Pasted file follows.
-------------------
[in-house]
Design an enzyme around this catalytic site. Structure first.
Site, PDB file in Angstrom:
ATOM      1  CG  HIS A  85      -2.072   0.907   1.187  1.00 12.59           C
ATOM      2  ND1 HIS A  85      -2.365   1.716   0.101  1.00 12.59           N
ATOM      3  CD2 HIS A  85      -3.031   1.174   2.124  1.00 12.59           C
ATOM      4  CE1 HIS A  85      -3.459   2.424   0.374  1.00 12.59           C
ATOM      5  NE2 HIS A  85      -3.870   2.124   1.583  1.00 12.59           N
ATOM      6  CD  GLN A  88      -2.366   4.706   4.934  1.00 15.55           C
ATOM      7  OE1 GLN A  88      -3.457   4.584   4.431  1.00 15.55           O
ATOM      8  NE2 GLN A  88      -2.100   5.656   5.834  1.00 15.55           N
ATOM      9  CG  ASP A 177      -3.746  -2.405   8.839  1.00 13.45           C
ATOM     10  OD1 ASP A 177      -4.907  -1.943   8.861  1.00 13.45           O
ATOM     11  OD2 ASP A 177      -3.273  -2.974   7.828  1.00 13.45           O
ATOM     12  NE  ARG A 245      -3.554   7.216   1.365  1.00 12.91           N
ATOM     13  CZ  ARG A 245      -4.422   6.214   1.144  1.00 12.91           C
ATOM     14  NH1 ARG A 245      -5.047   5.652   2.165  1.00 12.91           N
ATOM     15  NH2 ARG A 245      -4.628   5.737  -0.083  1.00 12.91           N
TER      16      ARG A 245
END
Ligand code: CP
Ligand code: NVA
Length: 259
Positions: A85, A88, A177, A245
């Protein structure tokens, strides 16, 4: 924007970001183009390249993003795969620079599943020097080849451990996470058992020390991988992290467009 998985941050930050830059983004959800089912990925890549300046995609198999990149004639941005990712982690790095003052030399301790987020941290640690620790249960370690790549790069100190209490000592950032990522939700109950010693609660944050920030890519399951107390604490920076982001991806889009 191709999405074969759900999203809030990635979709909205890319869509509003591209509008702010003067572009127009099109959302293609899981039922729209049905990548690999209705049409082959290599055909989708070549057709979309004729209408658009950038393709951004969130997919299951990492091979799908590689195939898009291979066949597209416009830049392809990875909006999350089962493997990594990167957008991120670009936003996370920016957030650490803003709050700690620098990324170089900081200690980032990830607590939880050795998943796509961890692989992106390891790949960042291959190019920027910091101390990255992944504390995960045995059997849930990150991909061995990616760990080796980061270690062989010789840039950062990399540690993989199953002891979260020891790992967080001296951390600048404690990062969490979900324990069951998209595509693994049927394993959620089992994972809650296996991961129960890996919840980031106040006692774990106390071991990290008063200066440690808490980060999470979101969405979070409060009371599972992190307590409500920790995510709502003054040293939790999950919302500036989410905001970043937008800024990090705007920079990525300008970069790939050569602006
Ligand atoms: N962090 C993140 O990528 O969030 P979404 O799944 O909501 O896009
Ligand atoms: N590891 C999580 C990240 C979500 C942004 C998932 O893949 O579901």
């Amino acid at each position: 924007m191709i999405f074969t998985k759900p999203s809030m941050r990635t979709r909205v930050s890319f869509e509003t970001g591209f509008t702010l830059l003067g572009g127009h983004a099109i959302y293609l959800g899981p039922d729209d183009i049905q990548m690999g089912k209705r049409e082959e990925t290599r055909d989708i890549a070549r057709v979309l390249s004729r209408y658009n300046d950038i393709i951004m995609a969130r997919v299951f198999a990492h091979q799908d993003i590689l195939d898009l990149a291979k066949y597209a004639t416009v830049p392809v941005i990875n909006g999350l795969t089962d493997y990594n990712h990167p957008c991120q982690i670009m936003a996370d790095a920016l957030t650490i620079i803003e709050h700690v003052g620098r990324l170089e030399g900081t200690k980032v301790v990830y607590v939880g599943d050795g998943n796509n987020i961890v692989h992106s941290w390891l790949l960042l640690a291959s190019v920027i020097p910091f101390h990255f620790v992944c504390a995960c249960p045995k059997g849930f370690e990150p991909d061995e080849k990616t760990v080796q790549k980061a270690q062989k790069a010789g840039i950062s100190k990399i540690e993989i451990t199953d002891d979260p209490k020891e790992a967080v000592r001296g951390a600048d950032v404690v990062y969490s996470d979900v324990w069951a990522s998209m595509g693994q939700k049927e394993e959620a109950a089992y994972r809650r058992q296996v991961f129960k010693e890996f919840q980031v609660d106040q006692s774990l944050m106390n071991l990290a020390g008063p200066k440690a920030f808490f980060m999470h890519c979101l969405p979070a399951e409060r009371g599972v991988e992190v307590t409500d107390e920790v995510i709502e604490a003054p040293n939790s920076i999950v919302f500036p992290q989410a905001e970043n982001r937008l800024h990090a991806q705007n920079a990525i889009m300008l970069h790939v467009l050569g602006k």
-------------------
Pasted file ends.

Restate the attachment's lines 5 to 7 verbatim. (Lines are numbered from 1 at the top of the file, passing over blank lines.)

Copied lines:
ATOM      2  ND1 HIS A  85      -2.365   1.716   0.101  1.00 12.59           N
ATOM      3  CD2 HIS A  85      -3.031   1.174   2.124  1.00 12.59           C
ATOM      4  CE1 HIS A  85      -3.459   2.424   0.374  1.00 12.59           C